“The quality of a leader is reflected in the standards they set for themselves.”
The last two weeks have been interesting! On Wednesday, 1 May at 11:42 am, I became a father for the first time, as my wife gave birth to our beautiful girl, Sophie Geraldine Whittaker.
While it still feels surreal, it got me thinking—as I’m sure it does for all new parents—about what type of world our little girl will grow up in, and what we (as parents, leaders, and carers) can do to raise a child with love, respect, compassion, and willpower; someone comfortable in their own skin, who inspires others through their actions; a leader, never afraid to take the reins and do what is right.
One of the tenets of success is that every great leader was once a great follower. Through carefully modelling the habits of high performers—none more important than consistent self-discipline—in their own way, ordinary people are elevated to the elite of every profession, from athletes and entrepreneurs, to soldiers and entertainers. These one-percenters set high standards for their team, but reserve the highest standards for themselves, clearly evident in their commitment to winning the day, every day.
In Think and Grow Rich: The Legacy, British financial adviser Derek Mills noted that the biggest turning point in his life occurred after he started setting simple daily standards for himself and abiding by them at all costs. Incredibly, this small shift in accountability and action had a dramatic impact on his life, increasing his income tenfold, all while working in the same office, and allowing him to spend more time with his young family.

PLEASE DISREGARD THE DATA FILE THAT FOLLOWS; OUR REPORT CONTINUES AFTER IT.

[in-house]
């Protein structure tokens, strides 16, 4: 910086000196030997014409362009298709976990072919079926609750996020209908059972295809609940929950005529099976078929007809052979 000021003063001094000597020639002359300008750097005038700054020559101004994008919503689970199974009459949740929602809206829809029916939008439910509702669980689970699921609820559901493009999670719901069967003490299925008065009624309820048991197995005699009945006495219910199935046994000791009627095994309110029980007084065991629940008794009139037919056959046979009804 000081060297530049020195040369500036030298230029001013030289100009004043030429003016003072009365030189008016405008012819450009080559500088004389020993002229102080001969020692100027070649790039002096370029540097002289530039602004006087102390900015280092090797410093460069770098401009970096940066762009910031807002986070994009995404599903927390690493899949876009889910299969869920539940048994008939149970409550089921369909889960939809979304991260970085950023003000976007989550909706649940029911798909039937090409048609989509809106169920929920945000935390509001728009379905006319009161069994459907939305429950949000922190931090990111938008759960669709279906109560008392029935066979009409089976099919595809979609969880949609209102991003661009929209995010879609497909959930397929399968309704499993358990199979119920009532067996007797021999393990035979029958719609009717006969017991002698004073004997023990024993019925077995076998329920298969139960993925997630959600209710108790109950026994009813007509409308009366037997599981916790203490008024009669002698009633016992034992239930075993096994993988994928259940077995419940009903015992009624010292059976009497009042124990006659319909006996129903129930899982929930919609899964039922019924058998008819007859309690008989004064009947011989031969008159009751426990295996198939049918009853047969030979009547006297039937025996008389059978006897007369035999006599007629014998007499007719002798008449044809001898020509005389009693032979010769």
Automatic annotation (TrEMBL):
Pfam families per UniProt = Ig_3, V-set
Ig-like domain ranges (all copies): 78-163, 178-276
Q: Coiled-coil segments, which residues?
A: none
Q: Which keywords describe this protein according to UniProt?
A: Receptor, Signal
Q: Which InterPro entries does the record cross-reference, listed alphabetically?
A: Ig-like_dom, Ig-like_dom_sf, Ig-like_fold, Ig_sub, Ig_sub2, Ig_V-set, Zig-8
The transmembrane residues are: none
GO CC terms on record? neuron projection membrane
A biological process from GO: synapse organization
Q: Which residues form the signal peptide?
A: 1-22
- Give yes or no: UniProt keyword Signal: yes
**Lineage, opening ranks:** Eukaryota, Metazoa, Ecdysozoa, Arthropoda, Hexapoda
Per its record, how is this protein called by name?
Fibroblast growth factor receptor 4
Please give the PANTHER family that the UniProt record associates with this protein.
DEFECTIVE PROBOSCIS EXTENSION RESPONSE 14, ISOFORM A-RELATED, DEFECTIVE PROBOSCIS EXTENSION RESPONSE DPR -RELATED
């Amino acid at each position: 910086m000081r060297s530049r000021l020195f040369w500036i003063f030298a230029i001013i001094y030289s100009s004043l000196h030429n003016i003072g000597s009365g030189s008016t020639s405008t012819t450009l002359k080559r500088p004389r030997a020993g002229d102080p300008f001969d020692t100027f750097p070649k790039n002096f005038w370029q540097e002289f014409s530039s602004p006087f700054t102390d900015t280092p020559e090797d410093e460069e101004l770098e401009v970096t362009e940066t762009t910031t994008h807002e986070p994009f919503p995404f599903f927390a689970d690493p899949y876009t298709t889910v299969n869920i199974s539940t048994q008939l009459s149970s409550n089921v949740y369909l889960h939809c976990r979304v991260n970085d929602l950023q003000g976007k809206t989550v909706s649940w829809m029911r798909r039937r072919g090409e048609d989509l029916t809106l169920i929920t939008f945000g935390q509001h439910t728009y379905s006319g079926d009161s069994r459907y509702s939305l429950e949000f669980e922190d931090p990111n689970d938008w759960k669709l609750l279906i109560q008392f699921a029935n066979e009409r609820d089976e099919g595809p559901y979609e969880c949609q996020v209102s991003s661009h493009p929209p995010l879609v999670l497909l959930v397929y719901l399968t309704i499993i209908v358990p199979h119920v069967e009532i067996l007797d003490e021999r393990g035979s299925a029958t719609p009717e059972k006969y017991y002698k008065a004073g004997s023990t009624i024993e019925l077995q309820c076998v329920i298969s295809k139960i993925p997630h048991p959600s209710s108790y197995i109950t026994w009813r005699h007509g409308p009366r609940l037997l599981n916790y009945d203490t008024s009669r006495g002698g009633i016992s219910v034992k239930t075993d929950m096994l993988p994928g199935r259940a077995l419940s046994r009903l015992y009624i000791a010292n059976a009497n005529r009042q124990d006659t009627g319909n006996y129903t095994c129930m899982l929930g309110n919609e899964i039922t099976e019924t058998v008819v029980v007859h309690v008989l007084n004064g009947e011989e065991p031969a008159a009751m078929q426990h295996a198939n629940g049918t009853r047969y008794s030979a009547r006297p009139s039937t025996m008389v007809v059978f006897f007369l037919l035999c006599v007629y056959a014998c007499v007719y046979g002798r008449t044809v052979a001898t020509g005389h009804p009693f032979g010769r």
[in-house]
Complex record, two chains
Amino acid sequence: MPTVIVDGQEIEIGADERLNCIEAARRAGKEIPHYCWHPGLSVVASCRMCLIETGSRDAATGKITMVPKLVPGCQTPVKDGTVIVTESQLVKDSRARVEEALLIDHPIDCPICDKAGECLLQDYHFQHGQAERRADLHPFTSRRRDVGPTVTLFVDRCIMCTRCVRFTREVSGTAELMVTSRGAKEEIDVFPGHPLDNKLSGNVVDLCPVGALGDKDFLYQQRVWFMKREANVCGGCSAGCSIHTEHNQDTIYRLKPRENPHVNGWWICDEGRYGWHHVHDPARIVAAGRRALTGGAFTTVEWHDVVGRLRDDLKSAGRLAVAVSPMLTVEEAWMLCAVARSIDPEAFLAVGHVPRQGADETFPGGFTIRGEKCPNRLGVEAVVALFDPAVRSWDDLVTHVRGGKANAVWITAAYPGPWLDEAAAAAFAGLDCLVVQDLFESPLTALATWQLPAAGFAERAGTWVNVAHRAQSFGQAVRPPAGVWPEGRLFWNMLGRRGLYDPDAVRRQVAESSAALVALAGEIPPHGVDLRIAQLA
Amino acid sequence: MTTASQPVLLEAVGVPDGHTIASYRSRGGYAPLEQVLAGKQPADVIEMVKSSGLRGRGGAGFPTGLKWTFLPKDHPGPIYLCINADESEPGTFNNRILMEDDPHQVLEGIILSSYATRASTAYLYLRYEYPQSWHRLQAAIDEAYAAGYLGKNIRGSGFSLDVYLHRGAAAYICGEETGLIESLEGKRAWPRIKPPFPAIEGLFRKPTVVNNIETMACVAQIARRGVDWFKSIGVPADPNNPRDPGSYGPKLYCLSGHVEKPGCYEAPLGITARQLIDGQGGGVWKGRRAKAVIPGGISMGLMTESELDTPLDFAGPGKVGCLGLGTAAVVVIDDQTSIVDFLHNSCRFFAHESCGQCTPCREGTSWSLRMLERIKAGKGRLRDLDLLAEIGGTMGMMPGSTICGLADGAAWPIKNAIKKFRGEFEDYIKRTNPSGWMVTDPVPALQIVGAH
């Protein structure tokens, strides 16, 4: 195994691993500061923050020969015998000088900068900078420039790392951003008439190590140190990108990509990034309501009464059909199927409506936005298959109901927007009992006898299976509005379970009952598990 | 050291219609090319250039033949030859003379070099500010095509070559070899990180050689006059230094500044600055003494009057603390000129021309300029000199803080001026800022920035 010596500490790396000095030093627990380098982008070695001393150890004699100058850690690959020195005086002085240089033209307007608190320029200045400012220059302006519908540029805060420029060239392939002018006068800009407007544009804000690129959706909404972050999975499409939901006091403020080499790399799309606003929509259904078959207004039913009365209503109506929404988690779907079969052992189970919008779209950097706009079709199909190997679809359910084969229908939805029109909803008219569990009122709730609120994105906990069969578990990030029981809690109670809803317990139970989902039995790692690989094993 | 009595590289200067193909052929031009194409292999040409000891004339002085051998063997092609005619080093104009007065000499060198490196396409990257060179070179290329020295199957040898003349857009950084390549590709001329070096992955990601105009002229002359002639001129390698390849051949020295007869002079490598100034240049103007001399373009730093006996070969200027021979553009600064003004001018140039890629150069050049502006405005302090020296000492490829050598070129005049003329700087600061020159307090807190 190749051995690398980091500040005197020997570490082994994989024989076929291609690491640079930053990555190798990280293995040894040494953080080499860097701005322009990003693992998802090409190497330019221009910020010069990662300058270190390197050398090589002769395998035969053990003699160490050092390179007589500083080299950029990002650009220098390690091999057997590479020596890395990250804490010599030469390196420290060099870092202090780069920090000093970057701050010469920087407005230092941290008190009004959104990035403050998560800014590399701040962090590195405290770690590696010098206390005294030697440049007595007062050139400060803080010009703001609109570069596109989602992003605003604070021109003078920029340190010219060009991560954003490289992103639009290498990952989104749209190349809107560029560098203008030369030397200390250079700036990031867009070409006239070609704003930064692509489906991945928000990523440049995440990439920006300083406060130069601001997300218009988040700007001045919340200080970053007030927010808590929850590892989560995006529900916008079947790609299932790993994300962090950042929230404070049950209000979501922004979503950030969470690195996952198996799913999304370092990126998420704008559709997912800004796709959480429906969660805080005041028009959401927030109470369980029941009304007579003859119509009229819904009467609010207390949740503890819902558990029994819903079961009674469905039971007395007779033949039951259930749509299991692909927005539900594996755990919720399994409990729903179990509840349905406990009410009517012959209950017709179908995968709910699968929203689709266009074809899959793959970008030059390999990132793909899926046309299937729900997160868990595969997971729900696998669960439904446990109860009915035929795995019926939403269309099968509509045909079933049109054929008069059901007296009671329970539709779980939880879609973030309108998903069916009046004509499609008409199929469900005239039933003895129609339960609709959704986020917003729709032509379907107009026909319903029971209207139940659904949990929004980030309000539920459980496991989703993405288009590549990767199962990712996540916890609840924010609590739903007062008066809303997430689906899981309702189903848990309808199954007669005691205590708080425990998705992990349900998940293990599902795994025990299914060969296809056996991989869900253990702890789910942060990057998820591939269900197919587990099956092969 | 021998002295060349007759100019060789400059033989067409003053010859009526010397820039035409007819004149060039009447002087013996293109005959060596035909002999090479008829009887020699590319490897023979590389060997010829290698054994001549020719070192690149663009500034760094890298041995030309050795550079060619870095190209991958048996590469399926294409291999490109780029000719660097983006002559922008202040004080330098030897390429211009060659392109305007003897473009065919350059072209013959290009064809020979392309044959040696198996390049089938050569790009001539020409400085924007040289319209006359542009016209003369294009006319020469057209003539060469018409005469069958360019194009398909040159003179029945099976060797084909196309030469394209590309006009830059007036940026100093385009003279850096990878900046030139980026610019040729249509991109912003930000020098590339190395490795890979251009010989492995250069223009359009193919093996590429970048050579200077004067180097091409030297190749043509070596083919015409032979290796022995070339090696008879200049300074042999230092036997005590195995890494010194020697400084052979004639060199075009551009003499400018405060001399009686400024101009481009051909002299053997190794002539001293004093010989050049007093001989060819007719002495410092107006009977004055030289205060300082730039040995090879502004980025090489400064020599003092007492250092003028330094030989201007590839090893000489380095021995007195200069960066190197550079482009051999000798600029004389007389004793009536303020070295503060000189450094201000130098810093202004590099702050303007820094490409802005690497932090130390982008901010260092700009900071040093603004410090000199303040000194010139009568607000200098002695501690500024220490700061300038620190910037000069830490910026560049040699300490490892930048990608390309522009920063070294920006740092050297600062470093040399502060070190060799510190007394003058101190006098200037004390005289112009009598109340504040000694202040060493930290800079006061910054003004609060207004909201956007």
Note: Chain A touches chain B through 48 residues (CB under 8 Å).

That’s the power of daily standards.
We’re ALL leaders in some capacity—a product of influence and action. Being a father has made me more aware than ever of how my actions, good or bad, will impact another. After all, not every leader is a positive one: leading someone astray is still leadership. Leo Tolstoy once said, “Everyone thinks of changing the world, but no one thinks of changing himself.” It’s easy to dictate how others should act—especially when we’re in a position of power, such as parents-to-children, coaches-to-players, or bosses-to-employees, but living it ourselves—whether it’s family, friendship, or business—is the most important way to inspire change.
One of my coaching clients once vented to me that her boss was constantly late to meetings, used vape cigarettes in the boardrooms, and built an enormously lavish office for himself while penny-pinching resources for his team. What a horrible standard to set for the culture, and unsurprisingly it was a revolving door of both staff and clients. My advice to her was to start looking for a new job immediately. Within three months, she had a new job that paid her 40% more, at a company with strong leadership, a clear vision, and high standards for its entire staff but most demonstrable by the management team.